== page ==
Whenever a true subtractive decode occurs, the counter 26 asserts SubDecode as true, and on the rising edge of that signal the register 30 stores the values of the address and command lines. If, when FRAME is asserted, the AD[31..00] and C/BE#[3..0] lines equal ADR[31..00] and CR[3..0], this address-command combination was previously subtractively decoded, and thus no other PCI positive decode device will be claiming this transaction. So the comparator 28 asserts Match, which then causes the output of the OR gate 32 to go high, driving the bridge interface 24 Hit input true. The bridge interface 24 then immediately asserts DEVSEL# line to true after the second CLK cycle, as does the "fast" positive decode of FIG. 2.
The register 30 stores the values of AD[31..00] and C/BE#[3..0] whenever a normal subtractive decode occurs. That is, when the counter 26 asserts as true the SubDecode signal, this signal triggers the register 30, which is typically a series of D-type rising edge triggered flip-flops, and the register 30 stores the address and command from the PCI bus 12. The next time FRAME goes true, the comparator 28 compares those registered signals with the current address and command, and asserts Match true if equal. The bridge interface 24 then immediately asserts DEVSEL# low.
In discussing the address period of a transaction, it is apparent that to uniquely select a PCI device, more than the address as encoded on AD[31..00] is required; to uniquely select a device, the command on the command lines C/BE#[3..0] is also required. This is because the command on the command lines selects between I/O and memory and between reads and writes. And typically, the device selected by a particular address using a memory read will be different from the device selected by a particular address using an I/O read. Similarly, reads and writes need not occur with the same device, even given the same address and the same type of transaction (memory versus I/O). Thus, a match is required between the stored and current command as well as address for the EISA bridge 10 according to the invention to positively decode a certain address-command combination.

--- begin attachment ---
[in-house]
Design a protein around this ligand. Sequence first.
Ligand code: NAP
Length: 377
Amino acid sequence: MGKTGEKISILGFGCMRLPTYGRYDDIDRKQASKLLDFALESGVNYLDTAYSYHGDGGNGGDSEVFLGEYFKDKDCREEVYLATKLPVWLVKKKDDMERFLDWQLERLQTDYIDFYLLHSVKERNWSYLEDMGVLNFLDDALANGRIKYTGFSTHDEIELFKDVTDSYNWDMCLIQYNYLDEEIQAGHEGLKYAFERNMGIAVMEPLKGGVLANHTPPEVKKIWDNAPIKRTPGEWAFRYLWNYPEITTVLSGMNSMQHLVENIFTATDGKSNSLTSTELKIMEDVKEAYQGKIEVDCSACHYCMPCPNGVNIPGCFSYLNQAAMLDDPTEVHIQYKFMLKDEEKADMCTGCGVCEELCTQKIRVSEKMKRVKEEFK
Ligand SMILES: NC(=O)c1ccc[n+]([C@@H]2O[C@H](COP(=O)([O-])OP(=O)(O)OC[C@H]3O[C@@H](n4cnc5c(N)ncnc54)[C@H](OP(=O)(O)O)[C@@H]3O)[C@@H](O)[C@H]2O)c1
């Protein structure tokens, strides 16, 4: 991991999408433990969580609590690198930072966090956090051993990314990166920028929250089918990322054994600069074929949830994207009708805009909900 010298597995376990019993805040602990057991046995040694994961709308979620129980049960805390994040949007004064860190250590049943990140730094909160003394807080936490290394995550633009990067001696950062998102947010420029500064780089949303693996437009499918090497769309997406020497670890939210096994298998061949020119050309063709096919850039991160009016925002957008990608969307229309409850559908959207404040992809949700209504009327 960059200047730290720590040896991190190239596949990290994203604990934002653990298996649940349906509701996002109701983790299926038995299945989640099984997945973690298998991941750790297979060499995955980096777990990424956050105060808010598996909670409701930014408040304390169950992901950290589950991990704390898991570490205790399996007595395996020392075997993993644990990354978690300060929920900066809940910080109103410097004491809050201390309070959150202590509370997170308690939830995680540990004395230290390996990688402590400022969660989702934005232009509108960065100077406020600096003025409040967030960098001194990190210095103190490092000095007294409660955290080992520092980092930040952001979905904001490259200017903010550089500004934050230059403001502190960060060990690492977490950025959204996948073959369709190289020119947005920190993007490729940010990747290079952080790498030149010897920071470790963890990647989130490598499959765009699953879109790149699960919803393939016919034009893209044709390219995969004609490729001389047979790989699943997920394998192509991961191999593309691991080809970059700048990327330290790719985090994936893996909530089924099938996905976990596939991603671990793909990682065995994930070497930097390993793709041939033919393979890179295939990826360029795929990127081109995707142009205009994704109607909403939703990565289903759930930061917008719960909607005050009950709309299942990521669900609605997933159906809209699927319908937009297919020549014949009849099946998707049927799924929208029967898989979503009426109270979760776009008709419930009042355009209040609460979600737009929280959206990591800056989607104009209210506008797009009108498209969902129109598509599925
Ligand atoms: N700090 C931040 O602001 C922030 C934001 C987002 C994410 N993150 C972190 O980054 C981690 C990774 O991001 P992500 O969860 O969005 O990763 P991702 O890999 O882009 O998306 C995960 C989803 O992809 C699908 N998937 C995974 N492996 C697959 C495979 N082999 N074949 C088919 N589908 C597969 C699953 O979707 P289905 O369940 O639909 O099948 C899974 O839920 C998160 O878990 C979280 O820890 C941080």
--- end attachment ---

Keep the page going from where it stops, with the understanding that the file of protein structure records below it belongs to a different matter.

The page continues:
But further, while the address on the address lines AD[31..00] must generally score an exact match, the command could conceivably be cached in a less specific fashion. That is, instead of requiring an exact match between all four lines of C/BE#[3..0], the register 30 and the comparator 28 could include logic that simply stores and compares the types of transactions. That is, any command that performs, for example, a memory read would match any other command that performs a memory read. The same would hold true for memory writes, I/O reads, and I/O writes. This is important in PCI because there is more than one command for memory reads and memory writes. Conceivably, the same could hold true for I/O reads and I/O writes. Thus, the phrase "storing the command lines" more accurately means as "storing the transaction type."
The general requirement for any generic subtractive decode device on any subtractive decoding bus becomes that the register store the lines or logical combination of lines of the bus that will uniquely decode a particular device. In PCI, this is the address lines AD[31..00] plus the command type indicated on the command lines C/BE#[3..0].